Peter Mwaura M
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Peter Mwaura Mutiti : Teaching old blood cells new tricks:
When you hear someone mention circulation you probably think of the heart and major arteries—and for good reason. Circulatory disorders such as hypertension (high blood pressure) and atherosclerosis (hardening of the arteries) are major risk factors for heart disease, heart attacks, and stroke.

But there’s more to it than that. With all the attention on the heart and arteries, it’s easy to overlook serious health problems affecting the smallest components of the circulatory system—microscopic blood vessels called microcapillaries, where the critical exchange of oxygen and nutrients actually takes place. If blood isn’t flowing through this web properly, it can trigger all sorts of health problems, many of which may not seem related to circulation at all.

A number of factors contribute to poor circulation as we age. Arteries and veins become stiff and congested as cholesterol and calcium plaques accumulate and restrict blood flow. Spasms in the smooth muscles surrounding the circulatory arteries and veins can also choke off circulation. These same processes also occur in our microcapillaries, reducing microcirculation and impairing the critical exchange of nutrients and gases in tissues and major organs.

This problem only gets worse as we get older because of changes in the composition and structure of blood cells. As you reach middle age, the blood starts to thicken and congeal as platelets and blood proteins make cells sticky. Plus, the spleen—the organ that removes old, damaged blood cells from circulation—begins to slow down with age, which means new, healthy blood cells are replaced at a sharply reduced rate. And to make matters even worse, as blood cells age, they become stiff and no longer appear round and evenly shaped. This makes it harder for them to pass smoothly through the capillaries. In fact, the angular, jagged shape of the old cells can damage the fragile microcapillaries even further.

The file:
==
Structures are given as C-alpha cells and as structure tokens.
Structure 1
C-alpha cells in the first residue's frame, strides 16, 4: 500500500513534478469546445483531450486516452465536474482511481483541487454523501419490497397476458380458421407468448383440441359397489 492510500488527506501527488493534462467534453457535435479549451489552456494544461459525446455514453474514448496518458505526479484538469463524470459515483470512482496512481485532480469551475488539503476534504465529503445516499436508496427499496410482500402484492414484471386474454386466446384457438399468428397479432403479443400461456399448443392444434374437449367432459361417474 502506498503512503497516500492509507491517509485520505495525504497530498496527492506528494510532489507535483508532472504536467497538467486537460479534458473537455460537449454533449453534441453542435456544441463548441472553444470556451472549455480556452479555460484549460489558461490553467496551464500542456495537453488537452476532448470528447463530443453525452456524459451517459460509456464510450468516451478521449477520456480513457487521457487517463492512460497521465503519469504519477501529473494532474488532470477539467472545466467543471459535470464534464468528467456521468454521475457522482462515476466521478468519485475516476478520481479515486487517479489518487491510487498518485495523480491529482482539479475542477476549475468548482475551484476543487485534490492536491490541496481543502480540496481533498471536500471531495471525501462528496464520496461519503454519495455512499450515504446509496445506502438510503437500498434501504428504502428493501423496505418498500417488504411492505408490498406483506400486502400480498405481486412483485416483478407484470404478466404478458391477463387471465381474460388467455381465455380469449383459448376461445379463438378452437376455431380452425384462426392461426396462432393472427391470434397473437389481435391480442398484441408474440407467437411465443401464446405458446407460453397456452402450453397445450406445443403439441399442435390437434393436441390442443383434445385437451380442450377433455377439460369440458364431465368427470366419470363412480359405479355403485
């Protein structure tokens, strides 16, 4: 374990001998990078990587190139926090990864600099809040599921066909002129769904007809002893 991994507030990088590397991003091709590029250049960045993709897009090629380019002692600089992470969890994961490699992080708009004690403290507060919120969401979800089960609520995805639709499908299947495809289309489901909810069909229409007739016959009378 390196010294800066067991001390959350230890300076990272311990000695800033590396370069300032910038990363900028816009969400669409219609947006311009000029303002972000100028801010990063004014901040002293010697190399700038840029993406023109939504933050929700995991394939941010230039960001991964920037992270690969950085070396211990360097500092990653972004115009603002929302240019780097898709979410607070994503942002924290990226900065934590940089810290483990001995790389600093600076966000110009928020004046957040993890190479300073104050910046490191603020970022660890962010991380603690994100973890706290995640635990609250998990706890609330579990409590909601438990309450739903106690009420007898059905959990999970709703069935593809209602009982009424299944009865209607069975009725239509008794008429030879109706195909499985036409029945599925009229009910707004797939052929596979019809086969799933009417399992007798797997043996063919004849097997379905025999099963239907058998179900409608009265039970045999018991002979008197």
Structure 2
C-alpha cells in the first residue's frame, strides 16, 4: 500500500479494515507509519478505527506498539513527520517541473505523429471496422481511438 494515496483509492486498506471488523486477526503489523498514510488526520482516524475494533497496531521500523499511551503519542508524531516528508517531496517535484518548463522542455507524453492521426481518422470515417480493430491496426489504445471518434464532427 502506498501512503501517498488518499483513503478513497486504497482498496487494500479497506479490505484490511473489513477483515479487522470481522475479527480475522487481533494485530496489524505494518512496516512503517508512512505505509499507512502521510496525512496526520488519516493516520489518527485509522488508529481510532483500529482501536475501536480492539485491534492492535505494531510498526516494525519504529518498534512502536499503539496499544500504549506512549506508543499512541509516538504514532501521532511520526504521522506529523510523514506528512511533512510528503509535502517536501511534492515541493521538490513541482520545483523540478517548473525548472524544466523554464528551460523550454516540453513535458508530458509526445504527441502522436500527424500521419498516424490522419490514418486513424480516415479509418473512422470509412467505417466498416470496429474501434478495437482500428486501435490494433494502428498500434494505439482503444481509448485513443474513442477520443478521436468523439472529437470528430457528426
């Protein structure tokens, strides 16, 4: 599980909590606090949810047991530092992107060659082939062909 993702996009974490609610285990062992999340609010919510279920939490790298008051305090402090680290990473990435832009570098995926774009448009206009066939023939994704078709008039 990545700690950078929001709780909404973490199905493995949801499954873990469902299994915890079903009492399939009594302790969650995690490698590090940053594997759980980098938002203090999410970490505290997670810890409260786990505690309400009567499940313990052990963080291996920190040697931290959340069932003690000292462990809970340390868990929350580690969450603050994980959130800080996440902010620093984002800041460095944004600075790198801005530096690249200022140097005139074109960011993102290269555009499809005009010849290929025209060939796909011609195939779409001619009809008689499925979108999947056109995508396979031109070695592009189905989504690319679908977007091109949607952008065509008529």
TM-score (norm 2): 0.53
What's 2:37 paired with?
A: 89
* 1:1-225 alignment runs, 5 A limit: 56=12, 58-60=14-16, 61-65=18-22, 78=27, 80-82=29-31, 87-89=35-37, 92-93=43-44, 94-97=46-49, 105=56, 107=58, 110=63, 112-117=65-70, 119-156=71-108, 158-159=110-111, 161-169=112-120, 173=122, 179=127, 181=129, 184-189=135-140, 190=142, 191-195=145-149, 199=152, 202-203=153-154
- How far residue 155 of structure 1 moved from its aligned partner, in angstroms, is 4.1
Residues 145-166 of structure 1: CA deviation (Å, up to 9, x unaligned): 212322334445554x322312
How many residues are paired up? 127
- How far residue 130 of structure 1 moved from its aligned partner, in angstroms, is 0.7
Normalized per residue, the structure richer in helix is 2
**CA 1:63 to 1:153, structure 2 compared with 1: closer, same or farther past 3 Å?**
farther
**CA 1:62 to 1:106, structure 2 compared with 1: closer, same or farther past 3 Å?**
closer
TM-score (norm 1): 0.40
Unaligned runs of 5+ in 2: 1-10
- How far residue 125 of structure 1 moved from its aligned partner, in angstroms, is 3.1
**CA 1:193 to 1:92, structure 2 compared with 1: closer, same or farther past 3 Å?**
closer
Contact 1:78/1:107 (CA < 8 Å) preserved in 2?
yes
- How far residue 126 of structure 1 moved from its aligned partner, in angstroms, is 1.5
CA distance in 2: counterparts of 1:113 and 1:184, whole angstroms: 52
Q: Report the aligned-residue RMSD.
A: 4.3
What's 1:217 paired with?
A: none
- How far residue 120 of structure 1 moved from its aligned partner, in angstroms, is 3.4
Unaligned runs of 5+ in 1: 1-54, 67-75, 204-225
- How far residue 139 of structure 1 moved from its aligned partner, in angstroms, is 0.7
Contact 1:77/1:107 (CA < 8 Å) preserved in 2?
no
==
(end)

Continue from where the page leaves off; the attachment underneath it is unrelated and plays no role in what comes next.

Eventually, these age-related changes take their toll on the microcapillaries, reducing circulation to the tissues and blocking the flow of nutrients and oxygen. Removal of carbon dioxide and other metabolic waste products is also hindered. This leads to a slow buildup of metabolic garbage that can gradually bury the cells in their own waste products. In time, the cells, poisoned by their own metabolic byproducts, begin to waste away and ultimately cease to function altogether.

The combined effect of poor circulation and old blood contributes to a host of symptoms, including deep fatigue, fuzzy thinking, frequent infections, and lowered sex drive—all conditions usually considered just “normal parts of aging.”

If circulation doesn’t improve, it can lead to more serious conditions, such as high blood pressure, heart attack, stroke, diabetes, and arthritis. But giving your body a fresh supply of healthy blood may target all of these problems and more.